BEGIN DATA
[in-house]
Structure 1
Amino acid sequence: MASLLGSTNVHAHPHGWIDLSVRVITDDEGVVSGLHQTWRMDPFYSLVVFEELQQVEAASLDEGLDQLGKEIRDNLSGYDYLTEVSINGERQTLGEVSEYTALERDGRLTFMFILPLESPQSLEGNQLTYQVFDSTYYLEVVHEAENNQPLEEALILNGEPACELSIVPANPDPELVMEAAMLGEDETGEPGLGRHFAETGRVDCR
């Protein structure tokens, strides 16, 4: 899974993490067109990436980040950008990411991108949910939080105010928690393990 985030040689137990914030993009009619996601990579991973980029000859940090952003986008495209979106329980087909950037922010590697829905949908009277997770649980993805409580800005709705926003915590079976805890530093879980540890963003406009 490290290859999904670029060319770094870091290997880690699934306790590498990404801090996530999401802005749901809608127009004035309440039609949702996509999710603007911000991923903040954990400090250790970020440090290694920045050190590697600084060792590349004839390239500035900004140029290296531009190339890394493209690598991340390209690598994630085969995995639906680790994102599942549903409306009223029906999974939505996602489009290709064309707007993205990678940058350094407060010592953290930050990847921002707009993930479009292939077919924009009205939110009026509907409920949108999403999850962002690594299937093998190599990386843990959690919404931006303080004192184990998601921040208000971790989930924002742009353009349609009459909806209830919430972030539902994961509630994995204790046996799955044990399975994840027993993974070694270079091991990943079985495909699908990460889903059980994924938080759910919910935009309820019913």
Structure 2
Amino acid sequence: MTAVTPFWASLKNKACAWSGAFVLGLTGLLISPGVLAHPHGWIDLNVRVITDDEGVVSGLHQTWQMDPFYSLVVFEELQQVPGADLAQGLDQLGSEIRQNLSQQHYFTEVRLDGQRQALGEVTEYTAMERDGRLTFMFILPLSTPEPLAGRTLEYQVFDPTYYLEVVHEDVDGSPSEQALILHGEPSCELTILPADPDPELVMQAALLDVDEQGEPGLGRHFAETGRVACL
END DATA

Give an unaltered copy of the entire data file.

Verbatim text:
[in-house]
Structure 1
Amino acid sequence: MASLLGSTNVHAHPHGWIDLSVRVITDDEGVVSGLHQTWRMDPFYSLVVFEELQQVEAASLDEGLDQLGKEIRDNLSGYDYLTEVSINGERQTLGEVSEYTALERDGRLTFMFILPLESPQSLEGNQLTYQVFDSTYYLEVVHEAENNQPLEEALILNGEPACELSIVPANPDPELVMEAAMLGEDETGEPGLGRHFAETGRVDCR
């Protein structure tokens, strides 16, 4: 899974993490067109990436980040950008990411991108949910939080105010928690393990 985030040689137990914030993009009619996601990579991973980029000859940090952003986008495209979106329980087909950037922010590697829905949908009277997770649980993805409580800005709705926003915590079976805890530093879980540890963003406009 490290290859999904670029060319770094870091290997880690699934306790590498990404801090996530999401802005749901809608127009004035309440039609949702996509999710603007911000991923903040954990400090250790970020440090290694920045050190590697600084060792590349004839390239500035900004140029290296531009190339890394493209690598991340390209690598994630085969995995639906680790994102599942549903409306009223029906999974939505996602489009290709064309707007993205990678940058350094407060010592953290930050990847921002707009993930479009292939077919924009009205939110009026509907409920949108999403999850962002690594299937093998190599990386843990959690919404931006303080004192184990998601921040208000971790989930924002742009353009349609009459909806209830919430972030539902994961509630994995204790046996799955044990399975994840027993993974070694270079091991990943079985495909699908990460889903059980994924938080759910919910935009309820019913």
Structure 2
Amino acid sequence: MTAVTPFWASLKNKACAWSGAFVLGLTGLLISPGVLAHPHGWIDLNVRVITDDEGVVSGLHQTWQMDPFYSLVVFEELQQVPGADLAQGLDQLGSEIRQNLSQQHYFTEVRLDGQRQALGEVTEYTAMERDGRLTFMFILPLSTPEPLAGRTLEYQVFDPTYYLEVVHEDVDGSPSEQALILHGEPSCELTILPADPDPELVMQAALLDVDEQGEPGLGRHFAETGRVACL